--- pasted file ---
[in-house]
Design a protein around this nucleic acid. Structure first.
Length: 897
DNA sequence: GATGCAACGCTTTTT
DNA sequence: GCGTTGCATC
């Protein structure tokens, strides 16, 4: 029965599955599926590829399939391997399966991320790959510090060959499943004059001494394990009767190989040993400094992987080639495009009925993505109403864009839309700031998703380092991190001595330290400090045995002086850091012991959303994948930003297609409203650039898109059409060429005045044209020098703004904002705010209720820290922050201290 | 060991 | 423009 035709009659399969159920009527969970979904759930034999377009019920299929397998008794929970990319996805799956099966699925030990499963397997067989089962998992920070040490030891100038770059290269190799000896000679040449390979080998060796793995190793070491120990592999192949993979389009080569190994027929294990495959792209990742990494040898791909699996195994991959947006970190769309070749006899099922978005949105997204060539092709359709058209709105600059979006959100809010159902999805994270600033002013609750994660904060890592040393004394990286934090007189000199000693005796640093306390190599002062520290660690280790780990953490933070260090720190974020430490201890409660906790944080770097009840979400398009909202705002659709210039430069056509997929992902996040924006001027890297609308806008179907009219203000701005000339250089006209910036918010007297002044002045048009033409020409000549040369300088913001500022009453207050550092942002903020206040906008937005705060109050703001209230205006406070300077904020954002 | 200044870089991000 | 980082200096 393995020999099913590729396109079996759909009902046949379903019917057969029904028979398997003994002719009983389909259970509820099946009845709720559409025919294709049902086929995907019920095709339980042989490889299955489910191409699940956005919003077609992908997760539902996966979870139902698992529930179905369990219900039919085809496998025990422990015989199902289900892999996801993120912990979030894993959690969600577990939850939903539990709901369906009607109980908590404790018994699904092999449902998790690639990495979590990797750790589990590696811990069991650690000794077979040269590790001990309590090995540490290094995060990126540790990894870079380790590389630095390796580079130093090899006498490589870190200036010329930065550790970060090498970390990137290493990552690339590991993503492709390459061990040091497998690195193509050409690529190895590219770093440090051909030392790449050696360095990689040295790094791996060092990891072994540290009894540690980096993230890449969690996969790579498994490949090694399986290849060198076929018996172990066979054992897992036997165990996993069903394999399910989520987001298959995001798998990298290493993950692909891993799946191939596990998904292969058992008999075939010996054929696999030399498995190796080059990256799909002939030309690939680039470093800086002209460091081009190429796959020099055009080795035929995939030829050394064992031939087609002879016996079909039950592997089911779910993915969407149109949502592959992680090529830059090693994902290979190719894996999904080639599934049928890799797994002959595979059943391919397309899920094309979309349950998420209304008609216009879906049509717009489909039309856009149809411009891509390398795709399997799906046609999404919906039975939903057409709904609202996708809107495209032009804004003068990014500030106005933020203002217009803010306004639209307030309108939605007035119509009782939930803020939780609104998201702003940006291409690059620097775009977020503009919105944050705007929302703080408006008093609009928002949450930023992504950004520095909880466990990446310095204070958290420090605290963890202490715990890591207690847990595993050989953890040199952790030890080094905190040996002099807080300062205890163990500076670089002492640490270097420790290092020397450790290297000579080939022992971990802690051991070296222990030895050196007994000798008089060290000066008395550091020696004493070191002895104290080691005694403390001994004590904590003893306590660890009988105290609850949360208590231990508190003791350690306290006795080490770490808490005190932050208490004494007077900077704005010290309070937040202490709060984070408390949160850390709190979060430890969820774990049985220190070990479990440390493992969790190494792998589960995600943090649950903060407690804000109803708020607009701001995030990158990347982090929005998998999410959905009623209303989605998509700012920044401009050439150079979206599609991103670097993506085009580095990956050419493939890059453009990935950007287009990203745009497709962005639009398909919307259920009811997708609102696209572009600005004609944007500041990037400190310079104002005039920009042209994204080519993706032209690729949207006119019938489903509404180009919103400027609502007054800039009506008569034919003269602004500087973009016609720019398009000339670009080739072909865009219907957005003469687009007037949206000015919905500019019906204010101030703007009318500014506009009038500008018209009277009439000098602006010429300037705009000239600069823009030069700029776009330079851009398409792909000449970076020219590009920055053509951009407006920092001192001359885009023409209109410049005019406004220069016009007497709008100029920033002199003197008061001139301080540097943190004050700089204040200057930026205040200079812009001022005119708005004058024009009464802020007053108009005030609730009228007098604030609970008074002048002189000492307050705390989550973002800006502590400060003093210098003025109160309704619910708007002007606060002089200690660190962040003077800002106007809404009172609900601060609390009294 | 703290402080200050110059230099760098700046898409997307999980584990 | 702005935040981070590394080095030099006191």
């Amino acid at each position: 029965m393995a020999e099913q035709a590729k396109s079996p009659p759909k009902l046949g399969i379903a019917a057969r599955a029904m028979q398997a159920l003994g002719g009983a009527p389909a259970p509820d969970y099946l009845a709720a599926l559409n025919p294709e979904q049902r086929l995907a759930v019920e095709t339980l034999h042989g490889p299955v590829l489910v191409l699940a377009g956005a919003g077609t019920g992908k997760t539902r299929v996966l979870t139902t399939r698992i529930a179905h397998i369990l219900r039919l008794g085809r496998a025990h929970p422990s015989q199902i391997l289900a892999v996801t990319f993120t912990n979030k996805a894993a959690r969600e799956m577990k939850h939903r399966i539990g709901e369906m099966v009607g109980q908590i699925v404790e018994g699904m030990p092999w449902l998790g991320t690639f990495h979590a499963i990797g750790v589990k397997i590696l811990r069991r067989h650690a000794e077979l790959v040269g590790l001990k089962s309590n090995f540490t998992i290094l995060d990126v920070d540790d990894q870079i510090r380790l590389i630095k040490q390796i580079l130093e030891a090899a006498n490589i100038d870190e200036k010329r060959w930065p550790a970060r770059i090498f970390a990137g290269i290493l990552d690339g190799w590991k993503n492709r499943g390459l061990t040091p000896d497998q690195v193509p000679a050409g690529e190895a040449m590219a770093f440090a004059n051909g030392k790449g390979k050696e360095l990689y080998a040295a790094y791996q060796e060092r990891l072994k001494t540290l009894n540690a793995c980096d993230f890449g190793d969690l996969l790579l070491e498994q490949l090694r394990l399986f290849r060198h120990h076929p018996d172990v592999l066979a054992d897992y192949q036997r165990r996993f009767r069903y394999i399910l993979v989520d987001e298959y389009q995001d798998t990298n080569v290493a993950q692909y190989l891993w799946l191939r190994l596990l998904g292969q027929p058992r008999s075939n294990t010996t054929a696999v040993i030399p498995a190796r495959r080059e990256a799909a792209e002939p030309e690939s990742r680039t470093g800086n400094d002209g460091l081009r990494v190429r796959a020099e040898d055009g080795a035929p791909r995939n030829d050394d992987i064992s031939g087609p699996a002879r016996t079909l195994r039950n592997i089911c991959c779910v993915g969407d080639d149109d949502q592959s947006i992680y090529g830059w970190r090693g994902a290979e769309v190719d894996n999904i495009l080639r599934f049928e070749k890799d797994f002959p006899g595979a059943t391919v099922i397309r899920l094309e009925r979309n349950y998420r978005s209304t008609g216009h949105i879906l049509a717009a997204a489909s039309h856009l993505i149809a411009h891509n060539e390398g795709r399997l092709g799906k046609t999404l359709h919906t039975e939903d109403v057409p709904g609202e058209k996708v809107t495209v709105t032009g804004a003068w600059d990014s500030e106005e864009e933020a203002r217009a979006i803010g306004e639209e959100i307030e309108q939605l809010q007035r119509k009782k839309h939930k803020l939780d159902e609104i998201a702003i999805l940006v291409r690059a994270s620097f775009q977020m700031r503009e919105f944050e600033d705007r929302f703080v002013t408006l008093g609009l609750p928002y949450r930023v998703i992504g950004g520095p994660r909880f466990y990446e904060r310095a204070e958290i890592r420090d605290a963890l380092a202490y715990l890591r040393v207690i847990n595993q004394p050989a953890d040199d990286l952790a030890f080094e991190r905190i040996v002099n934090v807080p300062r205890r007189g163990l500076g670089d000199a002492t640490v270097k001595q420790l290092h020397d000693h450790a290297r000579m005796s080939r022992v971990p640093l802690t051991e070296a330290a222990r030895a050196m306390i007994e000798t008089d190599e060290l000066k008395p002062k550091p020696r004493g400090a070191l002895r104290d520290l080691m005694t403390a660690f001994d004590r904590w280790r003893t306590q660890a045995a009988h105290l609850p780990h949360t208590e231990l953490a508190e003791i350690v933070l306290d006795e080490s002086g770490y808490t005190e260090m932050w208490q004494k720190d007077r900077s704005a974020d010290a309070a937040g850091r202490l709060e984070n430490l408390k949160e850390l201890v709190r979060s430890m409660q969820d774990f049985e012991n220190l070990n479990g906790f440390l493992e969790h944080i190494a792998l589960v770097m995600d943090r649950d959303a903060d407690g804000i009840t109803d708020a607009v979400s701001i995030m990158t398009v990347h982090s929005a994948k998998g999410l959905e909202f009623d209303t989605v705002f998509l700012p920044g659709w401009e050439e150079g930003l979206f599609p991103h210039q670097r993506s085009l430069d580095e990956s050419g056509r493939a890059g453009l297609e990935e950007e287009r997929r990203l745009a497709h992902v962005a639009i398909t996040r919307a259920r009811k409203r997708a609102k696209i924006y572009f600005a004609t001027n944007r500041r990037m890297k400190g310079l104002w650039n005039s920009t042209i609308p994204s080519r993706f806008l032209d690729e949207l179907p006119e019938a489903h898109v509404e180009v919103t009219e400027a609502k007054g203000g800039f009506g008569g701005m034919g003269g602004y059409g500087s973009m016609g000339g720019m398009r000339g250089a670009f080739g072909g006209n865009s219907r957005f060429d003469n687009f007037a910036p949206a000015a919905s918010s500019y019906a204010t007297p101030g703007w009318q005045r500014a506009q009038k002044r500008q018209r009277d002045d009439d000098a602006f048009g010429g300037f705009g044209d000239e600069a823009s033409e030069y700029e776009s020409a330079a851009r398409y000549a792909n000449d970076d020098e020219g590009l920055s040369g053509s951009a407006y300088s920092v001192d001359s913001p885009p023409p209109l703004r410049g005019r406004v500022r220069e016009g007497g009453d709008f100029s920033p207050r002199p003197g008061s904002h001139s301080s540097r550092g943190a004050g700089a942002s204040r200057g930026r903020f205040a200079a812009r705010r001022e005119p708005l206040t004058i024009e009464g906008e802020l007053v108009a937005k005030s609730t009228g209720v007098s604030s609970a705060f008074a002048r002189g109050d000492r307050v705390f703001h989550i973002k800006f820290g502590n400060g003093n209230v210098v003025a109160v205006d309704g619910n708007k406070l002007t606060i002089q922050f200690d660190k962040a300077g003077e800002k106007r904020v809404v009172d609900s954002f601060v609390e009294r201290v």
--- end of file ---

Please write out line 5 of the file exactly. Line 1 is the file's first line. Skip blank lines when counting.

DNA sequence: GCGTTGCATC